Rotted Manure

tulipsmiles(6 South of Boston)February 10, 2010

In an effort to give my roses the best dose of love this spring, I plan on visiting several stables and farms near by, in search of free manure.

I have read that it needs to be "well rotted" before I place around my roses.

Can anyone explain in more detail what "well rotted" means? I've also read that it should be aged, does that mean the same thing?

Also, would you suggest horse or cow manure?

How much do you place around each rose?

I'm just looking to do this the correct way, so any info that would clue me in, would be great!

Thanks,

Tulipsmiles

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Zyperiris(Seattle)

Humm you throw it in a well...Oh god that was bad

    Bookmark   February 11, 2010 at 11:43PM
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Kimmsr(4a/5b-MI)

While manure can be a fairly good nutrient source it is not nearly as good as compost would be, therefore manure should be composted with the right ratio of vegetative waste. "Well rotted" manure and aged manure are about the same thing, manure that is allowed to sit around, exposed to the elements, so much of the nutrients the manure once had is lost.

    Bookmark   March 1, 2010 at 7:26AM
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michele8132(7 or 8. N. Texas)

I have horses and "rot" or compost the manure (it is combined with bedding. Most manure that you obtain will have some bedding mixed in it). I also have free roaming chickens and they turn the manure piles when they are scratching for bugs. It is "done" when it is black and crumbly and looks like lovely loam. The roses love it. My friend used some and she said her plants looked like they were on steroids. Cow manure isn't as "hot" and probably is less likely to have salt in it. I think well-composted cow manure might be your best bet if you are in a dairy farm area and the manure is composted with straw or hay or some other bedding. The only fertilizer I've ever used on my roses is my composted manure and they are very happy.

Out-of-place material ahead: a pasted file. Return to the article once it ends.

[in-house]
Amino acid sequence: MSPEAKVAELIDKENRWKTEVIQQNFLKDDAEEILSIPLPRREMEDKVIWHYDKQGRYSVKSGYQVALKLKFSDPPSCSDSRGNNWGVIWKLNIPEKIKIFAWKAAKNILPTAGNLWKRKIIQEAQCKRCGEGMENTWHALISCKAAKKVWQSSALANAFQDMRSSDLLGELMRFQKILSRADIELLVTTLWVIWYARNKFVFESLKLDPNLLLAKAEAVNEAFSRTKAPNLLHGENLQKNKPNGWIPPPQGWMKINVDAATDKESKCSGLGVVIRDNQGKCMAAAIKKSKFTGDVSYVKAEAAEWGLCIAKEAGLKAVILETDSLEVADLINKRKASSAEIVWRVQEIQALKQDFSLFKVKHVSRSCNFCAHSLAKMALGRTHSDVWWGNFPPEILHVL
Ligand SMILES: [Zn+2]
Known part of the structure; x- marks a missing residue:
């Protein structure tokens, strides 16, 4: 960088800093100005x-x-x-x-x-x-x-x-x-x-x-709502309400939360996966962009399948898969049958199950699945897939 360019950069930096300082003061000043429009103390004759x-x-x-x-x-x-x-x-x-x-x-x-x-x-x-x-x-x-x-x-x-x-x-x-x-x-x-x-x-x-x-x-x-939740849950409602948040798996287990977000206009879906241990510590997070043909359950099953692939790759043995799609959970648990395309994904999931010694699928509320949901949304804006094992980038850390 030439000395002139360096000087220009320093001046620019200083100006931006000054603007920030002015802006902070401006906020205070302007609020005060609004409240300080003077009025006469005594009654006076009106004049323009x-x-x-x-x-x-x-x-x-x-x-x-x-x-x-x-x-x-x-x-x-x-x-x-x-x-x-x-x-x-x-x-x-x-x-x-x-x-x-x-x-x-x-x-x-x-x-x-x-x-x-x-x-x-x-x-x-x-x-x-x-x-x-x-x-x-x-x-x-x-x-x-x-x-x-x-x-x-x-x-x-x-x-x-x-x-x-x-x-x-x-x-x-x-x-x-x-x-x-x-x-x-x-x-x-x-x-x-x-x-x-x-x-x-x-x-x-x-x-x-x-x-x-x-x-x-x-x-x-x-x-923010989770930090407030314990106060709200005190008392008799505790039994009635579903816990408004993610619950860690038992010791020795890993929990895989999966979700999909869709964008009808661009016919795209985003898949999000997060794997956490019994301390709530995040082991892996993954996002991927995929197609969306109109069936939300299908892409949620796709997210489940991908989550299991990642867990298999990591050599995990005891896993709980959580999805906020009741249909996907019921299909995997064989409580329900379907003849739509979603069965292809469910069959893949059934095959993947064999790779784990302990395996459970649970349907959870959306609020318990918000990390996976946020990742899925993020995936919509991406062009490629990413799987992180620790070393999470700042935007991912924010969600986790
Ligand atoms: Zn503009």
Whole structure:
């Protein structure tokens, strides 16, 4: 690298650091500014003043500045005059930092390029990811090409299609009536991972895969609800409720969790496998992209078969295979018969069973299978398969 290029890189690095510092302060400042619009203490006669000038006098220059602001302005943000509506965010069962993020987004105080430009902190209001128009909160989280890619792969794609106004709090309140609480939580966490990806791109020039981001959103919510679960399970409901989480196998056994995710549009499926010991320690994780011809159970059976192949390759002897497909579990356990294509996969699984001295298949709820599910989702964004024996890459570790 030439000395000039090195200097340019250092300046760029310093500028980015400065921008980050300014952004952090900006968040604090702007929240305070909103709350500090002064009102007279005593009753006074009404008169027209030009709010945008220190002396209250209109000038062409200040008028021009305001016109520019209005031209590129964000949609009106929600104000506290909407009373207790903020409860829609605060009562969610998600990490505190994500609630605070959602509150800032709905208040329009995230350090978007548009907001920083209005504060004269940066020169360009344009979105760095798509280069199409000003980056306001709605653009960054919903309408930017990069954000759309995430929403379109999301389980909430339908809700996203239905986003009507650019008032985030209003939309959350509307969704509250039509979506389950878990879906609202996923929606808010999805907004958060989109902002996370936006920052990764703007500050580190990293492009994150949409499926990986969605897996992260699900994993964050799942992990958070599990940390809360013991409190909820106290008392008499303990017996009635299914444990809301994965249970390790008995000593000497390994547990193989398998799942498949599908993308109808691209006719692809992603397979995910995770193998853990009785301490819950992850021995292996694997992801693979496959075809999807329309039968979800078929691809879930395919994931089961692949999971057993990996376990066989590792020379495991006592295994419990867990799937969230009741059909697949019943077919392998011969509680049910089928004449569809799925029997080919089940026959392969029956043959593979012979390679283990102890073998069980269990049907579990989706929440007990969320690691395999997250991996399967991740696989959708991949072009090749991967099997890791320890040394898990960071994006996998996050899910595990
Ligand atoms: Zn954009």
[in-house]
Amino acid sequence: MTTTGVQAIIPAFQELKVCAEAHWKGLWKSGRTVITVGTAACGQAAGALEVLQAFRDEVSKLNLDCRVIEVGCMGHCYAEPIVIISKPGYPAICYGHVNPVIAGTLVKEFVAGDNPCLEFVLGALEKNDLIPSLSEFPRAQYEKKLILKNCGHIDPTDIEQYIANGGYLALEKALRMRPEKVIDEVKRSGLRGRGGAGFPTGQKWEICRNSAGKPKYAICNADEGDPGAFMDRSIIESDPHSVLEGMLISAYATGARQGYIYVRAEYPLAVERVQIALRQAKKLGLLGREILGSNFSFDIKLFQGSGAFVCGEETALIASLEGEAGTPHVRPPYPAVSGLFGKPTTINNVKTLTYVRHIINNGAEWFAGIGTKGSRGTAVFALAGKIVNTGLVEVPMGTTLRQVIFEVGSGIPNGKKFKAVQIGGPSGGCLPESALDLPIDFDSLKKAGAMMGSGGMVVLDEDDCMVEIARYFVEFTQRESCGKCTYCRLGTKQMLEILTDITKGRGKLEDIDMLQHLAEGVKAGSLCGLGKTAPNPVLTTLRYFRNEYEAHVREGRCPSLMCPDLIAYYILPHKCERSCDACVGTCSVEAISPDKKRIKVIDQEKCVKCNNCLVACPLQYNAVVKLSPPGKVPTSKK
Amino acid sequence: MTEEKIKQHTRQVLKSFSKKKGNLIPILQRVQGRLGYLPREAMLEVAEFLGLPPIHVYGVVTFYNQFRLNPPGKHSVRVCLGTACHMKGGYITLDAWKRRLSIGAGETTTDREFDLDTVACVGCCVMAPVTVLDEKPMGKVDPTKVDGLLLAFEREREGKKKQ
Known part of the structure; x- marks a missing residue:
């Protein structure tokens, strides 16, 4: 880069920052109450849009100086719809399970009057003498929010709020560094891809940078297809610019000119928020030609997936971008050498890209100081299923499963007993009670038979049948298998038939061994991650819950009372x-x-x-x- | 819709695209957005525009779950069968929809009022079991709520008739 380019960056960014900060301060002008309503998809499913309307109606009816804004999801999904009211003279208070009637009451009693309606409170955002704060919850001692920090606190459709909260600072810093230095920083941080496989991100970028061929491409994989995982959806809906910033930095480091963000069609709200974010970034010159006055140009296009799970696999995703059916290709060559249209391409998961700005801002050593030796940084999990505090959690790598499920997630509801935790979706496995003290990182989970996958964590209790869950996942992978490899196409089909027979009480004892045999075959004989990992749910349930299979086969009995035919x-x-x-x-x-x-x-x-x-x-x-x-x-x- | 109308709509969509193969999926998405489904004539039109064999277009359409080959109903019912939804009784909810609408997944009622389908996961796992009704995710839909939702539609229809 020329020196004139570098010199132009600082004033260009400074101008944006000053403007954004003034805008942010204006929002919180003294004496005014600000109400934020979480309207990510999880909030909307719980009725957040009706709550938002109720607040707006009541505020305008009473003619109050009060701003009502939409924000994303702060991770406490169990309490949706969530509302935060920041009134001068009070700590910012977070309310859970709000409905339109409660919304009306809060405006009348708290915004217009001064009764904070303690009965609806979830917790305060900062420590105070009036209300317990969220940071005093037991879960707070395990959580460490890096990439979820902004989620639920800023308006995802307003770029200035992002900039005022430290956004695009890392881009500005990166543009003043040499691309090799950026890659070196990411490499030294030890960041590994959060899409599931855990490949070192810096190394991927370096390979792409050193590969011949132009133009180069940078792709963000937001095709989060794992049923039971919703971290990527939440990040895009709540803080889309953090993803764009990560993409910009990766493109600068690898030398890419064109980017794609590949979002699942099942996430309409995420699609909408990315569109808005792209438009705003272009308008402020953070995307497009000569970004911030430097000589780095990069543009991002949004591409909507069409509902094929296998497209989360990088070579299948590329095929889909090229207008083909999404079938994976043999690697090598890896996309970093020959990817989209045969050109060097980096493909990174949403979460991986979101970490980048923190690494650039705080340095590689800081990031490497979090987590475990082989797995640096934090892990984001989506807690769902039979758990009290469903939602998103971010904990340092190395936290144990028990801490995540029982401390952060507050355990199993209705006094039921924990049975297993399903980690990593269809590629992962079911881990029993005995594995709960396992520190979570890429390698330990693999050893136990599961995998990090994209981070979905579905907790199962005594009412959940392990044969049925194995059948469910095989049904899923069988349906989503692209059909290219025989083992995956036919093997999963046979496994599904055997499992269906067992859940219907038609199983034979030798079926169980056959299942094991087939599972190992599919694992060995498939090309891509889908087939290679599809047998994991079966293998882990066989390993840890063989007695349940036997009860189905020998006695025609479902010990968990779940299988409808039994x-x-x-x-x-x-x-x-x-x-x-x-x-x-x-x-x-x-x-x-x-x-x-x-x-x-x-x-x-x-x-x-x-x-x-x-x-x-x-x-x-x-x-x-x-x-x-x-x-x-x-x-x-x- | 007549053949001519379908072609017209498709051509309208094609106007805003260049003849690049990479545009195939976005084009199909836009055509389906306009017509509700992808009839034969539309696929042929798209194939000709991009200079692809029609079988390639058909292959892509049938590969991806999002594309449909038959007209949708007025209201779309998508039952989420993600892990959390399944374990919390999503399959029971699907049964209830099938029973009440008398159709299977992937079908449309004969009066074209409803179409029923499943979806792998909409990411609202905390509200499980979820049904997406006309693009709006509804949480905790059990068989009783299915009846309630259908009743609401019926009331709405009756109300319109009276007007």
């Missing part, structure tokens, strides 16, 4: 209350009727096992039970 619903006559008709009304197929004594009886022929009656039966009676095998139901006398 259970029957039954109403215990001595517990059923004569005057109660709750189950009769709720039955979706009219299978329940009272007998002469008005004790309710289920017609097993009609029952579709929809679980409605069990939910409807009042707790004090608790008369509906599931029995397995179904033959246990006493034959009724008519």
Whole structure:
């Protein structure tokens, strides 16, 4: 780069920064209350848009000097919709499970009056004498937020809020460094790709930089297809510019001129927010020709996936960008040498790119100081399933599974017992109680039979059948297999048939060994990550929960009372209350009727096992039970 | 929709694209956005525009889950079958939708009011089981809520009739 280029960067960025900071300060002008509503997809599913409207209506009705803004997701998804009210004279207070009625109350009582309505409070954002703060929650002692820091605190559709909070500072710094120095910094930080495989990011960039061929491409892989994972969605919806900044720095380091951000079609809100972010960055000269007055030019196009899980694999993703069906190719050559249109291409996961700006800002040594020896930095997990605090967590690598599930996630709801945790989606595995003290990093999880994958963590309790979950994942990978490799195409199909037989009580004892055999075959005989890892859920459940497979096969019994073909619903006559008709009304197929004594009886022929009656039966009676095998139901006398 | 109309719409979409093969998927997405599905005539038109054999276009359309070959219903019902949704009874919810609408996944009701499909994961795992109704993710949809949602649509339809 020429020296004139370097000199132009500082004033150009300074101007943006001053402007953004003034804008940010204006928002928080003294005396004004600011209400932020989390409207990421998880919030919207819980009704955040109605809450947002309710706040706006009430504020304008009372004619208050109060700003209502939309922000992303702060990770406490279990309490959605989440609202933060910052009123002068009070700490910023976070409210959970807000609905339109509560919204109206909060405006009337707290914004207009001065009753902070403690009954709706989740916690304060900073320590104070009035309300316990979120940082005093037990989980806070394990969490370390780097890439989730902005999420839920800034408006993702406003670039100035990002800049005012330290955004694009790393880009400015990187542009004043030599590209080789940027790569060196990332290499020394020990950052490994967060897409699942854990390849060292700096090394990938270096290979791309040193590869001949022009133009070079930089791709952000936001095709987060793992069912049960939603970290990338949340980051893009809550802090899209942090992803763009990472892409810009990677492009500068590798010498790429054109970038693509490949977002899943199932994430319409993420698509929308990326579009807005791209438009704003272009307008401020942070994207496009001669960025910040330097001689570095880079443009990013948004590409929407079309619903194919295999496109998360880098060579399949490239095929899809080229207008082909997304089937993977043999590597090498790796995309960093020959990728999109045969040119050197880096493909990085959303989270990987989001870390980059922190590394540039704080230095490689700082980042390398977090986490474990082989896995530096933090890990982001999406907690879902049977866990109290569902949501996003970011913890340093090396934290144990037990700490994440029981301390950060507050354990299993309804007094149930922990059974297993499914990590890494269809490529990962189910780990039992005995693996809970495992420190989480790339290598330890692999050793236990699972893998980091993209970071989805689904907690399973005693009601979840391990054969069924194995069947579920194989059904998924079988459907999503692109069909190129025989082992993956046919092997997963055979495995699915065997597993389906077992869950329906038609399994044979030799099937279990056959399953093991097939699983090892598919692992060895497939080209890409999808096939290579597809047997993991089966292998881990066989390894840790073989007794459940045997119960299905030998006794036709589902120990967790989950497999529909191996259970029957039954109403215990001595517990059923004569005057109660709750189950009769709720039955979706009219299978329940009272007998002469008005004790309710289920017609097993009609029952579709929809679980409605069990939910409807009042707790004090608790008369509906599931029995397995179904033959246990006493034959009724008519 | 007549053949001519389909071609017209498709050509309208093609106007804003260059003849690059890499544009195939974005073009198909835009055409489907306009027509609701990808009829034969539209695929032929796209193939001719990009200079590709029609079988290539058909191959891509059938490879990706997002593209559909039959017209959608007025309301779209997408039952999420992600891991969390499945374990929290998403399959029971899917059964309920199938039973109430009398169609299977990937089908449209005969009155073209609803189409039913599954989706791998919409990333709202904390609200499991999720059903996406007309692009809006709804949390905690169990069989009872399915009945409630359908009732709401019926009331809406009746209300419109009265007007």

Bookmark   March 17, 2010 at 7:36PM
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lavender_lass(4b)

I also have horses :) and the best manure is when it sits out in the sun for a while (large pasture) and gets dry and almost flakes apart. That's perfect for roses!

If you can't be that picky, just spread out the manure you do find and let it dry in the sun a bit, before you turn it under into the garden. If you're starting a new bed, putting the manure on in the fall and then turning it under in the spring, works really well.

    Bookmark   April 20, 2010 at 12:22PM
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